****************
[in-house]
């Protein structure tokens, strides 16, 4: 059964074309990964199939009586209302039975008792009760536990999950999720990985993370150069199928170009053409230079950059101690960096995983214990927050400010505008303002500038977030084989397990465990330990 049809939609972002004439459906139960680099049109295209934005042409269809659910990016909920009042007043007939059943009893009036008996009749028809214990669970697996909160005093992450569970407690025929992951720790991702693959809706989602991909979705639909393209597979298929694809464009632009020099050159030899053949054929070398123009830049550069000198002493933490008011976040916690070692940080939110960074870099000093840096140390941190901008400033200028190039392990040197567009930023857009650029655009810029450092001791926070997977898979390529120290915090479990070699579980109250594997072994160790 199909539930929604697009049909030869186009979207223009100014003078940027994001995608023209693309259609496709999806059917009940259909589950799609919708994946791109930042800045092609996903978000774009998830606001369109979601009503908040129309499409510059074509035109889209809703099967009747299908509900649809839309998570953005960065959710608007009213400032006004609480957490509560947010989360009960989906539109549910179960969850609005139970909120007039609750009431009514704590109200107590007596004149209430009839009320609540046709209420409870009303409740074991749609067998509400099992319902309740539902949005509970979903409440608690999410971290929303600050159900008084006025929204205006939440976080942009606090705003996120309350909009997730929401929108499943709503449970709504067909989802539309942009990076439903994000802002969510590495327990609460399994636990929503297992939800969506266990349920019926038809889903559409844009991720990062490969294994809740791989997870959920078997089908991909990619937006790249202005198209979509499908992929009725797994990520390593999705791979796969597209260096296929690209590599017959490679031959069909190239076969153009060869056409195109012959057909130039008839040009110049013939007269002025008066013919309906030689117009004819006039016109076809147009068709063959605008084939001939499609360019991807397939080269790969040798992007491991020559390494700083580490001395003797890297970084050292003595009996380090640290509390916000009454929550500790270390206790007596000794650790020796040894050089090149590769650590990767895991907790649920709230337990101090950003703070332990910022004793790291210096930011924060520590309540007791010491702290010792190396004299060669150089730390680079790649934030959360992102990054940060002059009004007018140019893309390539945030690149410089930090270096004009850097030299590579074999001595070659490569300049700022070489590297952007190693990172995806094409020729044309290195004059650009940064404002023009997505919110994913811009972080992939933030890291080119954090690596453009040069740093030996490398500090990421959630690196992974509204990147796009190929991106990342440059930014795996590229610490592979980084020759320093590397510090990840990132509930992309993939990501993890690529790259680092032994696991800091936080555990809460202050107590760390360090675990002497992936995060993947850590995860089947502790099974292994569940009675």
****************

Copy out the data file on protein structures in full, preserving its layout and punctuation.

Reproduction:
[in-house]
């Protein structure tokens, strides 16, 4: 059964074309990964199939009586209302039975008792009760536990999950999720990985993370150069199928170009053409230079950059101690960096995983214990927050400010505008303002500038977030084989397990465990330990 049809939609972002004439459906139960680099049109295209934005042409269809659910990016909920009042007043007939059943009893009036008996009749028809214990669970697996909160005093992450569970407690025929992951720790991702693959809706989602991909979705639909393209597979298929694809464009632009020099050159030899053949054929070398123009830049550069000198002493933490008011976040916690070692940080939110960074870099000093840096140390941190901008400033200028190039392990040197567009930023857009650029655009810029450092001791926070997977898979390529120290915090479990070699579980109250594997072994160790 199909539930929604697009049909030869186009979207223009100014003078940027994001995608023209693309259609496709999806059917009940259909589950799609919708994946791109930042800045092609996903978000774009998830606001369109979601009503908040129309499409510059074509035109889209809703099967009747299908509900649809839309998570953005960065959710608007009213400032006004609480957490509560947010989360009960989906539109549910179960969850609005139970909120007039609750009431009514704590109200107590007596004149209430009839009320609540046709209420409870009303409740074991749609067998509400099992319902309740539902949005509970979903409440608690999410971290929303600050159900008084006025929204205006939440976080942009606090705003996120309350909009997730929401929108499943709503449970709504067909989802539309942009990076439903994000802002969510590495327990609460399994636990929503297992939800969506266990349920019926038809889903559409844009991720990062490969294994809740791989997870959920078997089908991909990619937006790249202005198209979509499908992929009725797994990520390593999705791979796969597209260096296929690209590599017959490679031959069909190239076969153009060869056409195109012959057909130039008839040009110049013939007269002025008066013919309906030689117009004819006039016109076809147009068709063959605008084939001939499609360019991807397939080269790969040798992007491991020559390494700083580490001395003797890297970084050292003595009996380090640290509390916000009454929550500790270390206790007596000794650790020796040894050089090149590769650590990767895991907790649920709230337990101090950003703070332990910022004793790291210096930011924060520590309540007791010491702290010792190396004299060669150089730390680079790649934030959360992102990054940060002059009004007018140019893309390539945030690149410089930090270096004009850097030299590579074999001595070659490569300049700022070489590297952007190693990172995806094409020729044309290195004059650009940064404002023009997505919110994913811009972080992939933030890291080119954090690596453009040069740093030996490398500090990421959630690196992974509204990147796009190929991106990342440059930014795996590229610490592979980084020759320093590397510090990840990132509930992309993939990501993890690529790259680092032994696991800091936080555990809460202050107590760390360090675990002497992936995060993947850590995860089947502790099974292994569940009675």